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Its a mans World The
Since most of the spectators were men, the notion of the male gaze is quite relevant in the analysis of these performances, in a quite literal sense. 13, 2010 3:03 pm - last modified Feb. 20, 2017 2:02 PM). Journal of Religion and Society 2002. Issn:, journal of Religion society, volume 4 (2002). Articles, could There be another Galileo case? Galileo, augustine and Vatican. Religion or Religious Studies: What Difference does it make? The lesbian and gay christian movement in Britain: Mobilization and Opposition. Cover Girls: Toward a theory of divine female Embodiment. Of saints and Sinners: phd Religion and the civil War and Reconstruction novel.
In the eyes of these critics the theatre was generally bad, sinful and alluring; the female performers being the very incarnations of that sin and temptation. Paradoxically, even when writing fiercely against the performance of actresses and female dancers, write these men of the church illustrate most convincingly the workings of the male gaze. The concept of the male gaze was introduced to the theory of the performative arts by Ann Kaplan (1983 as part of the semiotic field in film research. It was connected to the notion of the depicted woman as a sign, or a construction. Sue-ellen Case presented and discussed these theories in her influential book feminism and Theatre (1988 summing up their relevance to the theatre: In the realm of theatrical production, the gaze is owned by the male: the majority of playwrights, directors and producers are men. This triumvirate determines the nature of the theatrical gaze. As a consequence, the gaze of the spectators will be influenced by these male dominated artistic and social conditions of the theatrical performance. It might seem paradoxical to include the ancient theatre into the range of the male gaze, as no women performed in the Greek and Roman tragedies and comedies. If, on the other hand, we turn to other, less official and less prestigious genres, there were plenty of female performers.
Edges slide up and down, colors melt into one another, and by the end Rothkos oeuvre seems nothing but apertures and sprocket holes (Fig. Rothkos monumental art evokes eternity, but in giolis hands pdf his slabs take on a softer, more vulnerable quality. They become versions of the humble, luminous rectangle through which film images plunge on their way to disappearing. Norwegian version of this page, these female performers, appearing in several forms of unofficial theatrical forms, have gone down in history as a kind of prototype for the role and the status of actresses, in a very negative sense. They were generally accused of prostitution, which must be regarded as an unjust and untrue accusation when extended to an entire class of performers. It was probably true in some cases, but on the other hand, this concept was colored by the dramatic function these women had in the comedies and the mime performances, which were most often frivolous and vulgar. Soon the immoral behavior of the mimae became a favorite aversion of the early church fathers, contributing to establish the myth of the promiscuous actresses through their writings. This myth was subsequently handed down to later Christian critics of the theatre, especially in the seventeenth and eighteenth centuries.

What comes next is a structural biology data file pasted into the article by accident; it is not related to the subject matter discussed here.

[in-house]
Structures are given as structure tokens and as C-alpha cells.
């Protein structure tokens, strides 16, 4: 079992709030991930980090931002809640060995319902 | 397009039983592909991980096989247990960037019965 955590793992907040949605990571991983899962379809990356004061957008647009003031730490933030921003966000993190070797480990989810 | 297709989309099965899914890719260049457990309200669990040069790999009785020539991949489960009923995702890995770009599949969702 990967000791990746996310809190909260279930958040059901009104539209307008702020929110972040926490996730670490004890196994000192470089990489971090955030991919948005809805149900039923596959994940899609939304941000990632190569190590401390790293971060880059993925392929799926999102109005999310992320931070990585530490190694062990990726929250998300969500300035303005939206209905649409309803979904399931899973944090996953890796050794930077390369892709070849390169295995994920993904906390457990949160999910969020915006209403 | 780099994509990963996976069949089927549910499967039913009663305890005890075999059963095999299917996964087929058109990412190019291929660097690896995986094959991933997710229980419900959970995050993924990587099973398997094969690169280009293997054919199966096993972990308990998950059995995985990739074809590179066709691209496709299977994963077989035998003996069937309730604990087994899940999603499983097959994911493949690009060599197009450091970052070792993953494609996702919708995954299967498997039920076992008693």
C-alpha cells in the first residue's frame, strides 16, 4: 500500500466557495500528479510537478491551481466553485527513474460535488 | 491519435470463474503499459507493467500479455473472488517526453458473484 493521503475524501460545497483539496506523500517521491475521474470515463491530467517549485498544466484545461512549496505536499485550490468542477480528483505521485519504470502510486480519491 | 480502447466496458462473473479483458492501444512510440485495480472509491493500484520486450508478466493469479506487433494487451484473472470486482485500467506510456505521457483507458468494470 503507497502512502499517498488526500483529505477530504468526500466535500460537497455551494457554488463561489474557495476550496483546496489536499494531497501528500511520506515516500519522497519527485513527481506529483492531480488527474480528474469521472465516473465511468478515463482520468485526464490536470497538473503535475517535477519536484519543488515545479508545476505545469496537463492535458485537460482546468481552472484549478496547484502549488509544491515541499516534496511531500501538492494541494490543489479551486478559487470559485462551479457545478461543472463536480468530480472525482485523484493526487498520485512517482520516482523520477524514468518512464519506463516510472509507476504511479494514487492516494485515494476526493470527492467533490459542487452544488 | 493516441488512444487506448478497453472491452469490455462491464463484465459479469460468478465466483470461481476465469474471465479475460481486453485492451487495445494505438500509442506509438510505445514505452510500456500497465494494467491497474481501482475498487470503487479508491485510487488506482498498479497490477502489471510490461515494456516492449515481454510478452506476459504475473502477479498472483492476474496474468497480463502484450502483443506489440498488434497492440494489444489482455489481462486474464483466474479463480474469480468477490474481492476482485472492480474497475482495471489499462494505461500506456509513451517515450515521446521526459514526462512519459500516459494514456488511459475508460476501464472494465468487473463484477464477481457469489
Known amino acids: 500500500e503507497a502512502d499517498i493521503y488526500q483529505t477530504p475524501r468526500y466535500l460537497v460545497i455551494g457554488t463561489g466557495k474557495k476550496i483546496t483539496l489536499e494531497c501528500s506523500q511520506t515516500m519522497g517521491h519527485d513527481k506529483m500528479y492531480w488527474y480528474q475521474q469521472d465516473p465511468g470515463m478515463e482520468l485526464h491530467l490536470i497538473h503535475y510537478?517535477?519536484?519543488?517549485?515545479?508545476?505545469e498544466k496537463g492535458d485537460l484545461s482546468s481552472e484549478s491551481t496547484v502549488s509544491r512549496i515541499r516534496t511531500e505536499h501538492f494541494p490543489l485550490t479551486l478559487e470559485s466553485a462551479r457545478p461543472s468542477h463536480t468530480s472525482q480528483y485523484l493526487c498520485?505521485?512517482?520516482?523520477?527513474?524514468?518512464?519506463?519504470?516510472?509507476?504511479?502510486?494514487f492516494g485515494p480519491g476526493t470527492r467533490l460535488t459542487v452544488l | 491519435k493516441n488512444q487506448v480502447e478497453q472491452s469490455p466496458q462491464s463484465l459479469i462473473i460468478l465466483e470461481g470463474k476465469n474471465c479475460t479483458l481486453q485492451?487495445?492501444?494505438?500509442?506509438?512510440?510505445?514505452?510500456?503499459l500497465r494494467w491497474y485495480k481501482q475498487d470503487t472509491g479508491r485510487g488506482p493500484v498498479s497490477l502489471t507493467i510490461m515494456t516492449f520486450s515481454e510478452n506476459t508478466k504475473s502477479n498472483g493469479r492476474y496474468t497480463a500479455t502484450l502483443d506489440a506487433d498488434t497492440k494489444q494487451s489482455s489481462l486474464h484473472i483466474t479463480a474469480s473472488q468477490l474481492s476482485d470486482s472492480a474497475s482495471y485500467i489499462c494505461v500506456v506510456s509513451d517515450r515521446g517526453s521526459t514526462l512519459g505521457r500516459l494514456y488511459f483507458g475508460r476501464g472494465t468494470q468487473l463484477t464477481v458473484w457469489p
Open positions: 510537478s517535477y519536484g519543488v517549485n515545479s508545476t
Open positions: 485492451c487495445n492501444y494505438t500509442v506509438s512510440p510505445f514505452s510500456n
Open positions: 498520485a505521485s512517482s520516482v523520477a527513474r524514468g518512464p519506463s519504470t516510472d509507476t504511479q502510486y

Truncated images are stacked up, as when a soldier at a train window seems to gaze down at a nude woman stretched luxuriantly on the parlor carpet. At one point, verticality seems to create horizontality: two women at a party appear to clone themselves and spread across an entire room (Fig. Near the close of Anonimatograph comes the ultimate verticality: a rain of tiny scratches all but obliterating the image. Figure 7 Figure 8 Figure 9 In the light of this tendency in giolis cinema, is it too much to see in Rothkofilm (2008) a self-conscious homage to another master of the vertical axis? Granted, rothko often worked in a slightly horizontal format; but he also rehabilitated the upper area of the picture plane. He showed that one massive patch of glowing color stacked on another could provide a powerful counterweight, could even seem seem to float upward. Gioli subjects the masters paintings to the same vertical replacements we find in the other films, though at a more measured pace.
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In Loperatore perforato (1979) that plump sprocket hole comes into its own. It multiplies like a virus, riding serenely on the surface, nearly obliterating the images trembling underneath. Near the close of the film, we watch another cameraman, perhaps shooting a fatty Arbuckle imitator, cope with the invasion of perforations, not stress only from the top and center but from the edge. By now, when we can hardly tell the difference between frame and perforations, cinemas two round-cornered rectangles, the image can be anything—a picture, or a zone of blank white (Fig. . Figure 6 giolis most exhaustive essay in vertical cinema seems to me Anonimatograph (1972). Out of a familys home movies from the silent era he creates a fresco of an epoch by magnifying casual and intimate domestic details. If Commutazione con mutazione and Loperatore perforato scarred and punctured the images that slid through the frame, something gentler informs this film.
Gioli shows us his optical printer at the start, superimposing it on the lovely face of a woman. The shot announces a film that will move across various forms of split imagery, in still frames as often as movement. First we get superimpositions, then jump cuts, and finally and most lastingly divided frames. The settings themselves are partitioned, with characters caught in doorways or three-sided mirrors. Once more, what is actually on the film strip is classically posed, plan but what we see onscreen, broken by the shutter and the incessant dysfunctional framing, becomes something altogether more fractured. Family members drop in and out, replacing one another in diptychs or triptychs. The kaleidoscopic images suggest a jumble of albums or stereopticon slides (Figs.